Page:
overburden

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overburden

Geology the sedimentary rock material that covers coal seams, mineral veins, etc.
Collins Discovery Encyclopedia, 1st edition © HarperCollins Publishers 2005

overburden

[′ō·vər‚bərd·ən]
(geology)
Rock material overlying a mineral deposit or coal seam. Also known as baring; top.
Material of any nature, consolidated or unconsolidated, that overlies a deposit of useful materials, ores, or coal, especially those deposits that are mined from the surface by open cuts.
Loose soil, sand, or gravel that lies above the bedrock.
(mining engineering)
To charge in a furnace too much ore and flux in proportion to the amount of fuel.
McGraw-Hill Dictionary of Scientific & Technical Terms, 6E, Copyright © 2003 by The McGraw-Hill Companies, Inc.

overburden

1. The entire thickness of soil over rock or over a specific bearing stratum.
2. An undesirable top layer covering rock, gravel, or other useful material wanted for construction.
McGraw-Hill Dictionary of Architecture and Construction. Copyright © 2003 by McGraw-Hill Companies, Inc.
References in periodicals archive ?
Proponents contend that regulations causing a decrease in private property values are either inefficient or overburdensome, and must be changed, done away with, or paid for.(23) This contention is premised on the libertarian view of property rights: the rights of the landowner to do what she wishes with her property as an inherent right which should not be abridged by any government action (aside from common law nuisance).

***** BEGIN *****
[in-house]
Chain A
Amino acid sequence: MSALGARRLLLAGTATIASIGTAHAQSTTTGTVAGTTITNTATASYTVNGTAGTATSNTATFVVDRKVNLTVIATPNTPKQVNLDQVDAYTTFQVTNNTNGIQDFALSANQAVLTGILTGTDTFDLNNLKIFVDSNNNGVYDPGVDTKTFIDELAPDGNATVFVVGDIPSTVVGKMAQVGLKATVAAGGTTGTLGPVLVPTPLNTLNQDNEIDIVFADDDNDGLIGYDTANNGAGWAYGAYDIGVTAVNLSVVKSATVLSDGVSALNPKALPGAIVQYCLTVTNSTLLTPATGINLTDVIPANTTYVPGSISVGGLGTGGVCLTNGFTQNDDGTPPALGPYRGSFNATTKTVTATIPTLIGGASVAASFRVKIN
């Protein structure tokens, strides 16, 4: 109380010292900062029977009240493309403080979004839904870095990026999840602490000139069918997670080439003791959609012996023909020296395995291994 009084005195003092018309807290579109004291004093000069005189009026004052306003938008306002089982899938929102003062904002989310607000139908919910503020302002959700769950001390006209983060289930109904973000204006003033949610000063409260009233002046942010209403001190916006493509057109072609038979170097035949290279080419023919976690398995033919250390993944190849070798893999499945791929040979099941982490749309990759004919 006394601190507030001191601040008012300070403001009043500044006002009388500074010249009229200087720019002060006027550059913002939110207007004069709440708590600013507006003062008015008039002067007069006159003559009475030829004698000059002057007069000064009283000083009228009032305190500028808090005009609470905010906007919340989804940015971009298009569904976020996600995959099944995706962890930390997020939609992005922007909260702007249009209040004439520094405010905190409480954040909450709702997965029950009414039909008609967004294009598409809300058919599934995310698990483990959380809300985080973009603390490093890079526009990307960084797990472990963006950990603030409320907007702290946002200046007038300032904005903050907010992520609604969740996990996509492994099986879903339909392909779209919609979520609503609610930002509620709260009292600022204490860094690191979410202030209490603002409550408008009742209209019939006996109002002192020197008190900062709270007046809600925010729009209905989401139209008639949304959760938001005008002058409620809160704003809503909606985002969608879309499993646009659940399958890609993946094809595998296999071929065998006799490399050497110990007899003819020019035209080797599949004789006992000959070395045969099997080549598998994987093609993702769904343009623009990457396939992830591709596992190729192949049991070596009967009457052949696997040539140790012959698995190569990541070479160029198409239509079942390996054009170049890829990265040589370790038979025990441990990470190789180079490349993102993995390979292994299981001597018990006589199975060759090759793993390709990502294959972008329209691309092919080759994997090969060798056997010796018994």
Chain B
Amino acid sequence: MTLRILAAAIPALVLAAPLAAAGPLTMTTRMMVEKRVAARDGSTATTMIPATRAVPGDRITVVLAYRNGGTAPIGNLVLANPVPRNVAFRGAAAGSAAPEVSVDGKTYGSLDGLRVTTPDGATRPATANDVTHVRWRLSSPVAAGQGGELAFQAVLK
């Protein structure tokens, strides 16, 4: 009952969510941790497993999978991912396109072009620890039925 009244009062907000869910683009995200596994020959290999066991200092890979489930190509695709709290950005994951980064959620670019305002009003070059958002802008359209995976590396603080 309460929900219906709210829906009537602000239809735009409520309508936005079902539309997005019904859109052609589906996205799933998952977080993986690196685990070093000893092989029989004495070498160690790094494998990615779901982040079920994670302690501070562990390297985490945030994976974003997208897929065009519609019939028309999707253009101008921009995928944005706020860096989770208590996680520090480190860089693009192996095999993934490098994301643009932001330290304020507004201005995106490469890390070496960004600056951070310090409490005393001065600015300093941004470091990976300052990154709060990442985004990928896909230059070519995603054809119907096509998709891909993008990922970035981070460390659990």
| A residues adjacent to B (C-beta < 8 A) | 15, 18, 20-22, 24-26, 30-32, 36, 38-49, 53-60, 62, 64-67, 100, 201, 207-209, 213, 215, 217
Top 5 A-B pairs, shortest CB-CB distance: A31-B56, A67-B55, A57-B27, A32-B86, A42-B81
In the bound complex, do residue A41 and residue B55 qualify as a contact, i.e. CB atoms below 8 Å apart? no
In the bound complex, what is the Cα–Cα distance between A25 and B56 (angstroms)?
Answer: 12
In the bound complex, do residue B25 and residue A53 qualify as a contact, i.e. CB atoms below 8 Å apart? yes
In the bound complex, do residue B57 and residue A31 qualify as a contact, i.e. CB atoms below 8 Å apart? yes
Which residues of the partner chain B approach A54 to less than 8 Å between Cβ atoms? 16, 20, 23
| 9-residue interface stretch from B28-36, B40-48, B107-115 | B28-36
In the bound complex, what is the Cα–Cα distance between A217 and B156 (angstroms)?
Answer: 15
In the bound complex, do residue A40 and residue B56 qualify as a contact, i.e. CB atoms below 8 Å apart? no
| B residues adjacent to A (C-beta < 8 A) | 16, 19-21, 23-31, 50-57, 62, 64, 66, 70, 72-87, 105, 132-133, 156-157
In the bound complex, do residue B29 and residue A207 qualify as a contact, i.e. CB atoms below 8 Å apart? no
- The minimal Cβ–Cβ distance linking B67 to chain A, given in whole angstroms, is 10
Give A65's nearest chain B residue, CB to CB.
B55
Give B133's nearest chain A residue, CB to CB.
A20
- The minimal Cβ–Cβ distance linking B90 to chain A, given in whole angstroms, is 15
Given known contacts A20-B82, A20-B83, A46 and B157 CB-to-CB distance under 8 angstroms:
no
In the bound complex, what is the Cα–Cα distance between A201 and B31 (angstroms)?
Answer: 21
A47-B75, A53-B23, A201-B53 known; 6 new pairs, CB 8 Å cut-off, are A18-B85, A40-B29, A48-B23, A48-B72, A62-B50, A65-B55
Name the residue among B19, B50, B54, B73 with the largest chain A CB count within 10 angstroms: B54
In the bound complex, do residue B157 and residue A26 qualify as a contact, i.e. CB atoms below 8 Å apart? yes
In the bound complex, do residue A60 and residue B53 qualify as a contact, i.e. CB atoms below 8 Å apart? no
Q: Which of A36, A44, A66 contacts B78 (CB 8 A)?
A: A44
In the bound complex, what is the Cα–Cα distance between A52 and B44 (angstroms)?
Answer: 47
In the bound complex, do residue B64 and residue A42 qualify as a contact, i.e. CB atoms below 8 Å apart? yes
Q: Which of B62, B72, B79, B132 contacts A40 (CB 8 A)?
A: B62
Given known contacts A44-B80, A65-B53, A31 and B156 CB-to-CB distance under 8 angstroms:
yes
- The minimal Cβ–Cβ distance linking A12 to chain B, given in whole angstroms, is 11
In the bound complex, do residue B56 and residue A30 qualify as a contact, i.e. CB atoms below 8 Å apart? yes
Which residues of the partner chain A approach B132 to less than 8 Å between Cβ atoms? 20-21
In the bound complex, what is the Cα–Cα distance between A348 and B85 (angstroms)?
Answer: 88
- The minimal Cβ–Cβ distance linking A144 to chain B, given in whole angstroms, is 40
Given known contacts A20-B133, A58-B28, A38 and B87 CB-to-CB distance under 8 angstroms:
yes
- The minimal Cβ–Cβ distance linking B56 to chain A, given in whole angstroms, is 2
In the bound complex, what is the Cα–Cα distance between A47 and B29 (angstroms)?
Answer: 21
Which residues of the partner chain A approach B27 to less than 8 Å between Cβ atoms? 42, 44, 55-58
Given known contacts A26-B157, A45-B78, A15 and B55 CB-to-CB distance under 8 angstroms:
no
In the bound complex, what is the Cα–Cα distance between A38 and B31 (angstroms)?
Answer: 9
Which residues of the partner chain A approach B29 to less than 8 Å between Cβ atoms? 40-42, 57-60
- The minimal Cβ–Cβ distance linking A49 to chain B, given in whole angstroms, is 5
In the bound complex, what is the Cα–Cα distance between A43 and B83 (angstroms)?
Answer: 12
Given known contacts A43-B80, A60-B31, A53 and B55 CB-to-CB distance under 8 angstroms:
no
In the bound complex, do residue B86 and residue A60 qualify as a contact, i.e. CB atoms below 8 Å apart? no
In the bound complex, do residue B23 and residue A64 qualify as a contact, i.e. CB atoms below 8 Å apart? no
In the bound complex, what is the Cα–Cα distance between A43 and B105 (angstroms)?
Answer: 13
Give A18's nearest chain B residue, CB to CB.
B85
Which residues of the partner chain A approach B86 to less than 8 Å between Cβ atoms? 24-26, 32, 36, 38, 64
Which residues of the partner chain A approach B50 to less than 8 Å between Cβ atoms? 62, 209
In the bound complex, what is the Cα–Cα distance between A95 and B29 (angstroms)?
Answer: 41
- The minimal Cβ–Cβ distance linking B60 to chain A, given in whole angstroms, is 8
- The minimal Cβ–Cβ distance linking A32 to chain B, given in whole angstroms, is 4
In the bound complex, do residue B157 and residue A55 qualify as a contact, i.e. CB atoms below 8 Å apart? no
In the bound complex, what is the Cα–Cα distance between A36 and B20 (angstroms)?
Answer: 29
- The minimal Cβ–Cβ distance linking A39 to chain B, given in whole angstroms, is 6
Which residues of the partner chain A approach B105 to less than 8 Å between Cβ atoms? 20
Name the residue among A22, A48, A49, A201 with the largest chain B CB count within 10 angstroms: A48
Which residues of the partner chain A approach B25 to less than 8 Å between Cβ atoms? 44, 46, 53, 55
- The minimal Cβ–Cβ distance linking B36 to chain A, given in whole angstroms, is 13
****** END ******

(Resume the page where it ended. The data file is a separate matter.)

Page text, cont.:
Don't those who feel otherwise have the right to struggle on behalf of causes Samuelson feels are wasteful or overburdensome? Were he straightforward, which he is not, he would answer with a resounding no.
A practical ability to control the third party, however, is essential:(53) in many cases where it would be legally possible for a party to insist upon the power to police and monitor the acts of another, courts have been unwilling to impose liability when it would be unrealistic and overburdensome for the defendant to exercise such power.
When we turn to the limitations of tort liability as a safety incentive device in European practice the problems appear to lie, in the UK at least, more on the side of excessively lax than of overburdensome liability under the negligence rule prevailing until recently.(20) We win consider briefly the main limitations observable in the UK, and mention one or two problematic aspects of the EC Directive on the way (Burrows, 1992).
It does not confer any independent rights on the States (even by negative implication), and therefore, we do not believe the States' right to tax out-of-state residents (even if permitted by the Commerce Clause) can be placed on a par with an out-of-state resident's constitutional right to be free from discriminatory or otherwise overburdensome state taxation.
Finding the present method of sovereignty lands identification (judicial determination on a case-by-case basis) as being cost prohibitive, overburdensome on the court system, and having the likelihood of resulting in inconsistent decisions, the authors suggest two other possible methods of resolving the problem: an executive solution or legislative action.
Not the Tory free-for-all nor the overburdensome regulations demanded by the old Left.